Referring now to Figure 1, I have shown therein a wick sleeve 1 and retaining members 5 which are spaced apart from the sleeve 1 and which are to be found in any ordinary burner. The wick is held between these members. It consists of layers 2 of asbestos fabric. Between these layers 2 is an oil conducting layer 3 made of cotton or similar fabric. A fourth layer con-v sists of a wire screen impregnated with asbestos fiber and flour. The impregnation may be made in any suitable manner as by 'applying a paste to the screen and then pressing and. drying it. The screen itself is preferably made of copper, although it may be made of other metal. The layers are held together by copper staples 6. which are disposed at intervals, as shown in Figure 1.

It will be noted that the oil conducting layer 3 and the reinforcing layer 4 terminates short of the top of the wick, leaving a short length 21: of the layers 'of the asbestos projecting beyond.

A wick constructed according to the invention will readily conduct the oil to the portion 2.1: so that there is a steady flow of oil. This insures a steady flame and when the wick is adjusted to a certain position the flame will remain steady as long as there is any oil in the stove. Should the food boil over and flow down on the wick, the removal of the food will not disintegrate the wick due to the reinforcement given by the layer 4. The latter layer also tends to strengthen the wick so that when it is handled or adjusted the asbestos layers will be protected from bending or distortion, thereby increasing the life of the wick. The use of copper staples prevents the separation of the layers, and since the copper is not easily oxidized as would staples made of iron, there is no danger of their giving away.

In Figures 5, 6, and '7 I have shown a modified form of the invention. In this form the layers I are all flat strips. As will be seen from Figure no 7, there are two asbestos layers 2. These layers are held between reinforcing layers consisting of copper wire impregnated with asbestos fiber and flour. In making the wick the reinforcing layer is bent around the bottom of the asbestos strips and brought up closely on the sides thereof to form layers 7. The layers are held together by means of staples 8 along the edges of the wick. v i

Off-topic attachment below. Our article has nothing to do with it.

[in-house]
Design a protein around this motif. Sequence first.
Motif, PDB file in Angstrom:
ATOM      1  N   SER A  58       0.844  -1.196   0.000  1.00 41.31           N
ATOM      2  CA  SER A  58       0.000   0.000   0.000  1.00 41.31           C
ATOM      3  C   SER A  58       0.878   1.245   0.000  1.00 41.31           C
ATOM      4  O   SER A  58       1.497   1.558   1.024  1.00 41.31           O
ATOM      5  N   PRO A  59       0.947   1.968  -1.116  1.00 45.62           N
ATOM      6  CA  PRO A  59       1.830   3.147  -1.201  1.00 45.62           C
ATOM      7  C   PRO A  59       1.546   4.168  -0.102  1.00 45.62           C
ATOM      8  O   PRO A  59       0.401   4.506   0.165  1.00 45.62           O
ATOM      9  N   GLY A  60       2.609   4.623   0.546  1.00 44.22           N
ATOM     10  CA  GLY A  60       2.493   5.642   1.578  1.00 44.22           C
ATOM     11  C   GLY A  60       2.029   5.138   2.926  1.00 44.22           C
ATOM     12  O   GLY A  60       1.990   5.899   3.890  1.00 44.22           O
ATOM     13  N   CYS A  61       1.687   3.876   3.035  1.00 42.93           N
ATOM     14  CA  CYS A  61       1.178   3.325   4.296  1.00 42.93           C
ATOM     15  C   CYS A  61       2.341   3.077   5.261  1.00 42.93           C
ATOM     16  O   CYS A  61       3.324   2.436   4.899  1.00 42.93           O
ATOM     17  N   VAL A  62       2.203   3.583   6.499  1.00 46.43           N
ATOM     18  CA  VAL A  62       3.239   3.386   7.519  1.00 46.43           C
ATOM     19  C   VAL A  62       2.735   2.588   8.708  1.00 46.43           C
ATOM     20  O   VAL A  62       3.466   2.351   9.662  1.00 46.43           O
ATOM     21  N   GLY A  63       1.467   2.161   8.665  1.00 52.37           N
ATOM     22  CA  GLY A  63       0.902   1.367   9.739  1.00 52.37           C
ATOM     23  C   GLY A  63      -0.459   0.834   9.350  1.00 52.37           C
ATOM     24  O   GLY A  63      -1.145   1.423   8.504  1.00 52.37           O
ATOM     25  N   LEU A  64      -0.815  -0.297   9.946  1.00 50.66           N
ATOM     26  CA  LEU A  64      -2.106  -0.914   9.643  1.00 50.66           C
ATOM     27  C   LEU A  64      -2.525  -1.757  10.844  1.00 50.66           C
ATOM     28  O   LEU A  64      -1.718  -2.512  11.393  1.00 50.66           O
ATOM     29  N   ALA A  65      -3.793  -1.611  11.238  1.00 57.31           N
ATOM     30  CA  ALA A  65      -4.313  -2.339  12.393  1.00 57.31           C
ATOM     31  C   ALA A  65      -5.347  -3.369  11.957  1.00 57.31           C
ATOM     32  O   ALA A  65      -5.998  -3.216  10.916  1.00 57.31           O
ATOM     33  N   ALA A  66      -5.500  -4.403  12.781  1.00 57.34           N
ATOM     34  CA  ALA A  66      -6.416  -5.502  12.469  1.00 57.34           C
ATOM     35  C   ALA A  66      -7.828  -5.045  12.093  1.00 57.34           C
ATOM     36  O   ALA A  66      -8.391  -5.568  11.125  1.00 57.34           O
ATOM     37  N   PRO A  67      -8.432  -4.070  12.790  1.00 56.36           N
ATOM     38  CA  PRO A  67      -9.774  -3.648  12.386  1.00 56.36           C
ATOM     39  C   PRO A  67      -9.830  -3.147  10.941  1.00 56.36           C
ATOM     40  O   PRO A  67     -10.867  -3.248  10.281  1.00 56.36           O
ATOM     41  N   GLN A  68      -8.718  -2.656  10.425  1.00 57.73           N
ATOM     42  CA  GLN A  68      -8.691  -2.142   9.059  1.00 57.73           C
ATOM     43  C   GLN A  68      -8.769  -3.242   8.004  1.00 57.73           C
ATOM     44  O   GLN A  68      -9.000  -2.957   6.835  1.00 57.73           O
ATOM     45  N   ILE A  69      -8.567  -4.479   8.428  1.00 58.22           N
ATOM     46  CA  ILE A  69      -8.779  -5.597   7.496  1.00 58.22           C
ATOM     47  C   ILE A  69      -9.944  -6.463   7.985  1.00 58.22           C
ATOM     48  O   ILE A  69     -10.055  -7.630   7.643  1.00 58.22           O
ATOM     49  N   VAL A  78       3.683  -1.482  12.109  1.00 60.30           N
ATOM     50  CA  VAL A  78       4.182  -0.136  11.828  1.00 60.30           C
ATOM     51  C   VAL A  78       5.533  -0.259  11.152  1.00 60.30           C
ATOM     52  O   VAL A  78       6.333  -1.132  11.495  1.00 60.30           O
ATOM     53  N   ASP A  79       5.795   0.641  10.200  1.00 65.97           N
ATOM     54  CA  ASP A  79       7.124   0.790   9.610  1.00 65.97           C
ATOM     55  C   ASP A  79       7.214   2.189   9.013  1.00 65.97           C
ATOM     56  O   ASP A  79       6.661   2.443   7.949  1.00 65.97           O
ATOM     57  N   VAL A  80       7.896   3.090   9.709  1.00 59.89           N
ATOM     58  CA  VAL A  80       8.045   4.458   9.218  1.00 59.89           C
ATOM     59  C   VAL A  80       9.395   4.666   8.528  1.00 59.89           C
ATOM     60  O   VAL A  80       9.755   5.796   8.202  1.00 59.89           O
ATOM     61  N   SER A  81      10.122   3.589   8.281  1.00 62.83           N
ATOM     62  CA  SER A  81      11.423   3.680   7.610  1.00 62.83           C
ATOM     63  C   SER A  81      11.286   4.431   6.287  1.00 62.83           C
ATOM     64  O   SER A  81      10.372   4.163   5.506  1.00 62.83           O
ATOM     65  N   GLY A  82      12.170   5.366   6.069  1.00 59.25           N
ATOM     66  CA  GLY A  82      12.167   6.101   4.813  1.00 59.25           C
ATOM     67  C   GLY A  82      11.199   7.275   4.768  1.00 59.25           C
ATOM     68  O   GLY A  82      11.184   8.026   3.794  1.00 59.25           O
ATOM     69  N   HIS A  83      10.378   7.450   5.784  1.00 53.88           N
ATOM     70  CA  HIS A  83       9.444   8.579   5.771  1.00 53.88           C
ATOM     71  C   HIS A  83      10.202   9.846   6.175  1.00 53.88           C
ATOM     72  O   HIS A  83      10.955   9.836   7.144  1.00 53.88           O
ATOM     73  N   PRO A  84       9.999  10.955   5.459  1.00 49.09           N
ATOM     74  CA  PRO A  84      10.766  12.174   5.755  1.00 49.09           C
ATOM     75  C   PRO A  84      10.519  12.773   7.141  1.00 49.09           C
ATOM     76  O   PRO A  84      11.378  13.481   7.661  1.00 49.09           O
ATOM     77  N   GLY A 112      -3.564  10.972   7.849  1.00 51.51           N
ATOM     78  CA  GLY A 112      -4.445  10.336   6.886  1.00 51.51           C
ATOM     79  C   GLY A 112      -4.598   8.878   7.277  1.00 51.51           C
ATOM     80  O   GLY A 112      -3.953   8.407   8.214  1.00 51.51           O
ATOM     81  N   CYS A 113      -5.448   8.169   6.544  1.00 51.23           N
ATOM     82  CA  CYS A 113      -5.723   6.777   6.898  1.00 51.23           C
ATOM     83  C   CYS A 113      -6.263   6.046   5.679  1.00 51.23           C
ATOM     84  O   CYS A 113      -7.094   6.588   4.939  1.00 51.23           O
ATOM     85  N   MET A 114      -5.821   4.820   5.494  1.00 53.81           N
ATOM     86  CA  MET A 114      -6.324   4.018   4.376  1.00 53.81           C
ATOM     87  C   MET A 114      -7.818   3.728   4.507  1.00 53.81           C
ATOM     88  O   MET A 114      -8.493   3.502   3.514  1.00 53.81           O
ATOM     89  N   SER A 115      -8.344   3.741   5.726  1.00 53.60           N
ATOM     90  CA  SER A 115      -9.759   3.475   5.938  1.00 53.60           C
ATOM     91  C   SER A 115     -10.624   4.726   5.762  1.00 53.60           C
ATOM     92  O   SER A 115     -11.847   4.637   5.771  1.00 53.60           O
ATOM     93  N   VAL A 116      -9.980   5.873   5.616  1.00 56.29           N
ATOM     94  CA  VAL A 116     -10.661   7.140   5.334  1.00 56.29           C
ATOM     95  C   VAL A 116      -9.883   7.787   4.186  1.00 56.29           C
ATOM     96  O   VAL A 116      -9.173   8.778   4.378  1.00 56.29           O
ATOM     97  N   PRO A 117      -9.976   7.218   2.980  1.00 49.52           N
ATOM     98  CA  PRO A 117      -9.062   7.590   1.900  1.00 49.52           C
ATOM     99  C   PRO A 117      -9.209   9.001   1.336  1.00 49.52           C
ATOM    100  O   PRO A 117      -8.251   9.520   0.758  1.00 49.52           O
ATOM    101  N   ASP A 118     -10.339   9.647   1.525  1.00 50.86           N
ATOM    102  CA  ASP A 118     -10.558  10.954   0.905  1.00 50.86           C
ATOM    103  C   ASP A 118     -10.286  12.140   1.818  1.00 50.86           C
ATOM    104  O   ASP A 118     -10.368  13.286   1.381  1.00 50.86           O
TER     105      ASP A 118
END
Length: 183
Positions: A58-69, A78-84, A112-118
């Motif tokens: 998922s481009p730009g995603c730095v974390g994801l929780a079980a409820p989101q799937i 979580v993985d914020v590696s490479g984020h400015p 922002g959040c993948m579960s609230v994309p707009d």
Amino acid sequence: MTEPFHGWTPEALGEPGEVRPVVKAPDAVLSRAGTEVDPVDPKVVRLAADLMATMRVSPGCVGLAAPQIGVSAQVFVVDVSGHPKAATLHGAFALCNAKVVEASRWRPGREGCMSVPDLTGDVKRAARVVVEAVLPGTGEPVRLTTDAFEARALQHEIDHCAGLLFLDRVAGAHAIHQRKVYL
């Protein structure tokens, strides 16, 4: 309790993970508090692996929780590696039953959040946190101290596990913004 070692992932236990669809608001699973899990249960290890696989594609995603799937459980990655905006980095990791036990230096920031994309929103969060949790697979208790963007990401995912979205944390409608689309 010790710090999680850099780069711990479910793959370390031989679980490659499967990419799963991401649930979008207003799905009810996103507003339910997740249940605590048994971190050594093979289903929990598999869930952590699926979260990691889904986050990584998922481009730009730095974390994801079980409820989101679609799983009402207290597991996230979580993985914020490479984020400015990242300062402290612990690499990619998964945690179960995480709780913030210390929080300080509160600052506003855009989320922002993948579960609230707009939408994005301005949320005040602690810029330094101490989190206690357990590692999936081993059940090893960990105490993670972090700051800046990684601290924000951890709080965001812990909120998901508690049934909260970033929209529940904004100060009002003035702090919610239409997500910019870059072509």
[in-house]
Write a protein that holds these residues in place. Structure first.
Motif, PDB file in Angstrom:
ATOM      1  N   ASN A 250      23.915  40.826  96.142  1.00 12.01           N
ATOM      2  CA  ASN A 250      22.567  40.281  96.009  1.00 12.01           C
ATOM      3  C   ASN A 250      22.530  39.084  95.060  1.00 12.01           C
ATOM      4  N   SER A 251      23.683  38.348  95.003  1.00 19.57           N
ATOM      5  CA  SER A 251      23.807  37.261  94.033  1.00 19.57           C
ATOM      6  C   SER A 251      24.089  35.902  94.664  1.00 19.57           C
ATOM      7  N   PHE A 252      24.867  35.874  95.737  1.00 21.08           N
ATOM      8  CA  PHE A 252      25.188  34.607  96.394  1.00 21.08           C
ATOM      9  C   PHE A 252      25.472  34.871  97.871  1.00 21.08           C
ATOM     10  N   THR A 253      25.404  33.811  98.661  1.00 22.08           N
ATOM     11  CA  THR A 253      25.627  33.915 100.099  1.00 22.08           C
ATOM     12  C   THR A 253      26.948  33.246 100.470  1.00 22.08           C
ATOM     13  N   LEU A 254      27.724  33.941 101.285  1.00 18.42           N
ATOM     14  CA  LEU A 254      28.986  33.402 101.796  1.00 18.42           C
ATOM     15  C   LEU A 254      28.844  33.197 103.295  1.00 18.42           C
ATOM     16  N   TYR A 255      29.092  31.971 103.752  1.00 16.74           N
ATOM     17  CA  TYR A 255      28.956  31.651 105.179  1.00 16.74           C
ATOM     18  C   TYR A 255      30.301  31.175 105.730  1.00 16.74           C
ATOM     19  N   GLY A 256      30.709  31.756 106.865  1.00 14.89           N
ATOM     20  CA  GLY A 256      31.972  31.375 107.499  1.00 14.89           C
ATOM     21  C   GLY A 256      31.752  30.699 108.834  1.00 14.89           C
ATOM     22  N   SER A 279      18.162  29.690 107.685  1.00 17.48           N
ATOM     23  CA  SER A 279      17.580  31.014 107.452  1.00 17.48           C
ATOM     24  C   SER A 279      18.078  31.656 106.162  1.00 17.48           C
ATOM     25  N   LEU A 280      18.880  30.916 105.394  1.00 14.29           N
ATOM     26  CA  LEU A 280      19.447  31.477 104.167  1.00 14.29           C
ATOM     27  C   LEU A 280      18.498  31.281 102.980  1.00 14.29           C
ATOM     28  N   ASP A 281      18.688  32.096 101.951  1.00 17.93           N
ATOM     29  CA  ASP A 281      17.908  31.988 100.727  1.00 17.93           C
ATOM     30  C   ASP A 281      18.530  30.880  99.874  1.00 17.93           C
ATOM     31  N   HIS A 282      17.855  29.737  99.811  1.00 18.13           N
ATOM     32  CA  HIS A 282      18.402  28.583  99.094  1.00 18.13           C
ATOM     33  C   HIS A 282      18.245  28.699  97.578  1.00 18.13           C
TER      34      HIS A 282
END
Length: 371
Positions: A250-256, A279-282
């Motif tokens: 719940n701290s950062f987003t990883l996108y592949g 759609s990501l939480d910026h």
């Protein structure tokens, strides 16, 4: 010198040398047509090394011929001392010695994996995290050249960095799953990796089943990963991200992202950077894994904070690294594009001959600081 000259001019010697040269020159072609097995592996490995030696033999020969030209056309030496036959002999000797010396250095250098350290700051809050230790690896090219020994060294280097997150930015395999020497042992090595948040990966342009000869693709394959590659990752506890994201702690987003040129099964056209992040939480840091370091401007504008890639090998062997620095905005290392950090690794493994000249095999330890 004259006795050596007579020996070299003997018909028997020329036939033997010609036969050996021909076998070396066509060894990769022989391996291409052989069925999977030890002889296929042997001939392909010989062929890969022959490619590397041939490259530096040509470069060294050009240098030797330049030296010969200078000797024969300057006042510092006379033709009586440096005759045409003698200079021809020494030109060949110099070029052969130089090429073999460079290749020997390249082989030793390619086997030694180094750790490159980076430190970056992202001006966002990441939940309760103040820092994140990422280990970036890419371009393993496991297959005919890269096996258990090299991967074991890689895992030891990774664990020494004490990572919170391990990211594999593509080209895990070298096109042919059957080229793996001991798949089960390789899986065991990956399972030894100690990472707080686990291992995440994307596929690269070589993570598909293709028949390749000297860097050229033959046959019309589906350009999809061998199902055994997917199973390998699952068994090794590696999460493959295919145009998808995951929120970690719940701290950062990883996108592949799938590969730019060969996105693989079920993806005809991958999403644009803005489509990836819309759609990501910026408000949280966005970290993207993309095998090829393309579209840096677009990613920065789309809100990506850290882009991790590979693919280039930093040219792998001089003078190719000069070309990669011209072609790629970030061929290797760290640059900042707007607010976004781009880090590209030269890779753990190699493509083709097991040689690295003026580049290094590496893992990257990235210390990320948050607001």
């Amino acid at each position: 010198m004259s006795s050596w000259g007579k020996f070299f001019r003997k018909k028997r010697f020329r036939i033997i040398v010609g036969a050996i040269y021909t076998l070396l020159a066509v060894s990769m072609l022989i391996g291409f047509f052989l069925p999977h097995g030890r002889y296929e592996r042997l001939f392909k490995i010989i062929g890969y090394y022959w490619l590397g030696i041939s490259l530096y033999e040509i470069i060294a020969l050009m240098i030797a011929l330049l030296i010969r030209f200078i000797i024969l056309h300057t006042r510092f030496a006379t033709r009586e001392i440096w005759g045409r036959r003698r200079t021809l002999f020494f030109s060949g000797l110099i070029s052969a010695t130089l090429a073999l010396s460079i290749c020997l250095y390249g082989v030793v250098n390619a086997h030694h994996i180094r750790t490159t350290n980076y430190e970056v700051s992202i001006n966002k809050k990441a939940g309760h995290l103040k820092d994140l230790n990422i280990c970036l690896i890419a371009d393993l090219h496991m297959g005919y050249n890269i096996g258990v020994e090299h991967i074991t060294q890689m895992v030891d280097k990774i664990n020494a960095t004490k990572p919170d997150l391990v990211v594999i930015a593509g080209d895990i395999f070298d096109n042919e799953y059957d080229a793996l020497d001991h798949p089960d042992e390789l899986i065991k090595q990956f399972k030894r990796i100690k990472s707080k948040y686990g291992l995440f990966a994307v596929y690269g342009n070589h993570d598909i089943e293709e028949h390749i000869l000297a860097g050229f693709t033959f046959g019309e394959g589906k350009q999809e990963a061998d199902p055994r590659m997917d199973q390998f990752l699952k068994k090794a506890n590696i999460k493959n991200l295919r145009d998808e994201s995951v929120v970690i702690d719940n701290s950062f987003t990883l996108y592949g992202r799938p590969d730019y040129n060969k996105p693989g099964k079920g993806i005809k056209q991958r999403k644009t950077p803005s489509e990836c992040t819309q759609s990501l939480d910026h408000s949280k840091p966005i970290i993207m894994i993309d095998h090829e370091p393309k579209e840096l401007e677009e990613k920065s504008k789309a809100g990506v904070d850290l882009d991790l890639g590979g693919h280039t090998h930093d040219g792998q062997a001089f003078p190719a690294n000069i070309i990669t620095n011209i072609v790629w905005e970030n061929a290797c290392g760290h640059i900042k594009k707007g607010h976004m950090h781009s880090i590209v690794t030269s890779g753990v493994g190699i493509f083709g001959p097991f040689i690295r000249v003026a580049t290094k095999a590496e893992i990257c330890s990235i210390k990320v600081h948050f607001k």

In this form, as in the form'shown in Figures 1 to 4 inclusive, the asbestos layers are reinforced by the wire screen layer, but in this form the fabric wick such as cotton, is dispensed with.

The outer layers with the wire screen form a protecting cover and also aid in conveying the oil, since the fibers with which thescreen vis impregnated carry the oil by capillary attraction.

I claim:-- I

tos fibers and flour, said cotton layer and said reinforcing layer terminating short of the upper end of the wick.

3 In a wick construction, spaced apart asbestos layers, a cotton wick disposed between'said asbestos layers and a reinforcing layer, said reinforcing layer and said cotton wick terminating short of the upper end of the wick. FRANK A. JEFFERSON.

Referenced by
Citing PatentFiling datePublication dateApplicantTitle
US2438859 *Sep 14, 1945Mar 30, 1948Marsalis Martin EMoisture retaining pad for air cooling devices
US2504584 *Apr 2, 1947Apr 18, 1950Ramos Pedro SComposite wick
US4569656 *Jun 10, 1981Feb 11, 1986Matsushita Electric Industrial Co., Ltd.Wick for liquid fuel burners
US4580970 *Oct 25, 1984Apr 8, 1986Matsushita Electric Industrial Co., Ltd.Wick holder apparatus for kerosene heater
US4735568 *Aug 18, 1986Apr 5, 1988Silver Industrial Co., Ltd.Wicks for oil burning appliance
U.S. Classification431/302, 431/298
International ClassificationF21V37/00
Cooperative ClassificationF21V37/0029, F21V37/00
European ClassificationF21V37/00, F21V37/00L4D